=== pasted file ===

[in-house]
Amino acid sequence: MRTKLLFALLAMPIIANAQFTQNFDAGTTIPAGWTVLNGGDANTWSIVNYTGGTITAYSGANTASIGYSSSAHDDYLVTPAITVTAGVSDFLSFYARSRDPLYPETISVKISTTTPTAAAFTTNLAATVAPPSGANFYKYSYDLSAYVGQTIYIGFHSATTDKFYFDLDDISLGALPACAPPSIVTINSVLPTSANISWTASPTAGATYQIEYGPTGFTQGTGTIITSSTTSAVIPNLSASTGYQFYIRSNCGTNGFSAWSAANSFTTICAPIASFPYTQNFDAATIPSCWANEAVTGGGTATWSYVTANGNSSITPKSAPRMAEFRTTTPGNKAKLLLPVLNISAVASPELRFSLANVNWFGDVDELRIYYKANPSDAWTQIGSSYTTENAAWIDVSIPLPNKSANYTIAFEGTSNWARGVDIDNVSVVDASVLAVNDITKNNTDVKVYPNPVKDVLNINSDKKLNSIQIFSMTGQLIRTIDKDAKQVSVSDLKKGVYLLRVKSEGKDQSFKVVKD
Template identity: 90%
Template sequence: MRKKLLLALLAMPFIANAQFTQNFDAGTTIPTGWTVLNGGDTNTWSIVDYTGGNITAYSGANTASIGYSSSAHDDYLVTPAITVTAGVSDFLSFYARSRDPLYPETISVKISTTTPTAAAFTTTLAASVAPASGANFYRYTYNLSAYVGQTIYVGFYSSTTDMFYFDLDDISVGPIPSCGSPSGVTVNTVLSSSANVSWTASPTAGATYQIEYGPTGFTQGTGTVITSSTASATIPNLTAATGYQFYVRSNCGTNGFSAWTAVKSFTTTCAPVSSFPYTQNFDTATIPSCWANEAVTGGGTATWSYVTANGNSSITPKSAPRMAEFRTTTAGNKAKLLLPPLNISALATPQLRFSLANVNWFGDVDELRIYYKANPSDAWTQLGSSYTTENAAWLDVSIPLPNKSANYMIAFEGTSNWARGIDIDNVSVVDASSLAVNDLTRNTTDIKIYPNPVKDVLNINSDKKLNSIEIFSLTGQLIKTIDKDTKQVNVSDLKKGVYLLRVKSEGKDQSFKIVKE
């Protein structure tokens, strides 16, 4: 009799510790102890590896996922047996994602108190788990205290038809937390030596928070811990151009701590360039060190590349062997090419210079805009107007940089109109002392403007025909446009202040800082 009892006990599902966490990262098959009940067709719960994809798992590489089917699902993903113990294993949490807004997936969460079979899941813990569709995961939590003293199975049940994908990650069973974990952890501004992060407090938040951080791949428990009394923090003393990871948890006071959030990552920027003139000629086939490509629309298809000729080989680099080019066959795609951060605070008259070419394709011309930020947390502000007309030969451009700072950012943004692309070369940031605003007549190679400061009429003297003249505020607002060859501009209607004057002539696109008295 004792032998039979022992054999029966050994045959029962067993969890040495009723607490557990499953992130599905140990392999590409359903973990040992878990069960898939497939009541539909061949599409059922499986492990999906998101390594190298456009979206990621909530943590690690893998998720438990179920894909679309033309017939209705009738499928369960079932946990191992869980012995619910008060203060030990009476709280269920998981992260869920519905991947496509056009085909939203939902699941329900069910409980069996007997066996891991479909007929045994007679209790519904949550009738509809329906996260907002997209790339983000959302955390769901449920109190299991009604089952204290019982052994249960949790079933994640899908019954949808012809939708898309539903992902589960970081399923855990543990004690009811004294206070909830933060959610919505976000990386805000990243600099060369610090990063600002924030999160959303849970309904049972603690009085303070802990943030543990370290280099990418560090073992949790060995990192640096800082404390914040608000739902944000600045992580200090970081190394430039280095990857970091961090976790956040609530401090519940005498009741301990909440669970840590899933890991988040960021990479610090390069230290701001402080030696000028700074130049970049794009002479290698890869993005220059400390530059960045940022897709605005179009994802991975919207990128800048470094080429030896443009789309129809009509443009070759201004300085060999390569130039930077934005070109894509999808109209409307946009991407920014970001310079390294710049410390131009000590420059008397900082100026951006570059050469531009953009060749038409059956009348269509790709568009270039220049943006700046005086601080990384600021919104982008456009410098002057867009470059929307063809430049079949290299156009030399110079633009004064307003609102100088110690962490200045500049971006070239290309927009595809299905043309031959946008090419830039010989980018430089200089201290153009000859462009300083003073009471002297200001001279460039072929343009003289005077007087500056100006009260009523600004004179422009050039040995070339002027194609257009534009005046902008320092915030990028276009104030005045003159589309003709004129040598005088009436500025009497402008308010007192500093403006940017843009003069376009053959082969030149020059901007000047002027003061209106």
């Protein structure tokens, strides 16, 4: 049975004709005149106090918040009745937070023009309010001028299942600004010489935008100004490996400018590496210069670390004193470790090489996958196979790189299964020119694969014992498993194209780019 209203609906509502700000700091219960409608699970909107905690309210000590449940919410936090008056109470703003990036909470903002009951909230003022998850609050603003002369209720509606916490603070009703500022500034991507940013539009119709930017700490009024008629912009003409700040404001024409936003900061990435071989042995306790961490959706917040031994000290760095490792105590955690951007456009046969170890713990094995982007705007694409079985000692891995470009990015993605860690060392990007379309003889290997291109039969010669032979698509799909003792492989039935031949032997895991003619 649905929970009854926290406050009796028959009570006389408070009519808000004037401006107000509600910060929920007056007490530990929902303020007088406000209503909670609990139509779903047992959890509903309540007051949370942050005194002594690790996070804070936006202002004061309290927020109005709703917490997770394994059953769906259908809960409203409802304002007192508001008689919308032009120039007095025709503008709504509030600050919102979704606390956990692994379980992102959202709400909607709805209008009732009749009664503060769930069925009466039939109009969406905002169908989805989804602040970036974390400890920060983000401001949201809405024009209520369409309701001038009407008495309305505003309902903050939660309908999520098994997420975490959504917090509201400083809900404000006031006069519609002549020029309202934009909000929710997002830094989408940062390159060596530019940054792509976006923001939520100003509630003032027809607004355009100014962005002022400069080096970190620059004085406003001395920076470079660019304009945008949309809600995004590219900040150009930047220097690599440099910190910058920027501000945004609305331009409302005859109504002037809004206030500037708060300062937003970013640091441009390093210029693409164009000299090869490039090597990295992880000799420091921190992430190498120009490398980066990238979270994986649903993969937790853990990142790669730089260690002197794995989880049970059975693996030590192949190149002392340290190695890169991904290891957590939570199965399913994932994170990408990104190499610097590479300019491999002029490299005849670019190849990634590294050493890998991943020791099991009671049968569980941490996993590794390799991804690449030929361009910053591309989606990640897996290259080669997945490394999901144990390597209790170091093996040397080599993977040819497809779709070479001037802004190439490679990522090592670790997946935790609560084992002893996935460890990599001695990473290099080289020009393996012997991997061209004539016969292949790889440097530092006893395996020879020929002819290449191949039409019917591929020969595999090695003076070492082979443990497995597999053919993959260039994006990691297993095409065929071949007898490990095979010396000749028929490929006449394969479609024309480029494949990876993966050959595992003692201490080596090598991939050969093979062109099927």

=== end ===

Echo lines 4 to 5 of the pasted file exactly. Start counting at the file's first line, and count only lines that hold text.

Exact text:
Template sequence: MRKKLLLALLAMPFIANAQFTQNFDAGTTIPTGWTVLNGGDTNTWSIVDYTGGNITAYSGANTASIGYSSSAHDDYLVTPAITVTAGVSDFLSFYARSRDPLYPETISVKISTTTPTAAAFTTTLAASVAPASGANFYRYTYNLSAYVGQTIYVGFYSSTTDMFYFDLDDISVGPIPSCGSPSGVTVNTVLSSSANVSWTASPTAGATYQIEYGPTGFTQGTGTVITSSTASATIPNLTAATGYQFYVRSNCGTNGFSAWTAVKSFTTTCAPVSSFPYTQNFDTATIPSCWANEAVTGGGTATWSYVTANGNSSITPKSAPRMAEFRTTTAGNKAKLLLPPLNISALATPQLRFSLANVNWFGDVDELRIYYKANPSDAWTQLGSSYTTENAAWLDVSIPLPNKSANYMIAFEGTSNWARGIDIDNVSVVDASSLAVNDLTRNTTDIKIYPNPVKDVLNINSDKKLNSIEIFSLTGQLIKTIDKDTKQVNVSDLKKGVYLLRVKSEGKDQSFKIVKE
């Protein structure tokens, strides 16, 4: 009799510790102890590896996922047996994602108190788990205290038809937390030596928070811990151009701590360039060190590349062997090419210079805009107007940089109109002392403007025909446009202040800082 009892006990599902966490990262098959009940067709719960994809798992590489089917699902993903113990294993949490807004997936969460079979899941813990569709995961939590003293199975049940994908990650069973974990952890501004992060407090938040951080791949428990009394923090003393990871948890006071959030990552920027003139000629086939490509629309298809000729080989680099080019066959795609951060605070008259070419394709011309930020947390502000007309030969451009700072950012943004692309070369940031605003007549190679400061009429003297003249505020607002060859501009209607004057002539696109008295 004792032998039979022992054999029966050994045959029962067993969890040495009723607490557990499953992130599905140990392999590409359903973990040992878990069960898939497939009541539909061949599409059922499986492990999906998101390594190298456009979206990621909530943590690690893998998720438990179920894909679309033309017939209705009738499928369960079932946990191992869980012995619910008060203060030990009476709280269920998981992260869920519905991947496509056009085909939203939902699941329900069910409980069996007997066996891991479909007929045994007679209790519904949550009738509809329906996260907002997209790339983000959302955390769901449920109190299991009604089952204290019982052994249960949790079933994640899908019954949808012809939708898309539903992902589960970081399923855990543990004690009811004294206070909830933060959610919505976000990386805000990243600099060369610090990063600002924030999160959303849970309904049972603690009085303070802990943030543990370290280099990418560090073992949790060995990192640096800082404390914040608000739902944000600045992580200090970081190394430039280095990857970091961090976790956040609530401090519940005498009741301990909440669970840590899933890991988040960021990479610090390069230290701001402080030696000028700074130049970049794009002479290698890869993005220059400390530059960045940022897709605005179009994802991975919207990128800048470094080429030896443009789309129809009509443009070759201004300085060999390569130039930077934005070109894509999808109209409307946009991407920014970001310079390294710049410390131009000590420059008397900082100026951006570059050469531009953009060749038409059956009348269509790709568009270039220049943006700046005086601080990384600021919104982008456009410098002057867009470059929307063809430049079949290299156009030399110079633009004064307003609102100088110690962490200045500049971006070239290309927009595809299905043309031959946008090419830039010989980018430089200089201290153009000859462009300083003073009471002297200001001279460039072929343009003289005077007087500056100006009260009523600004004179422009050039040995070339002027194609257009534009005046902008320092915030990028276009104030005045003159589309003709004129040598005088009436500025009497402008308010007192500093403006940017843009003069376009053959082969030149020059901007000047002027003061209106």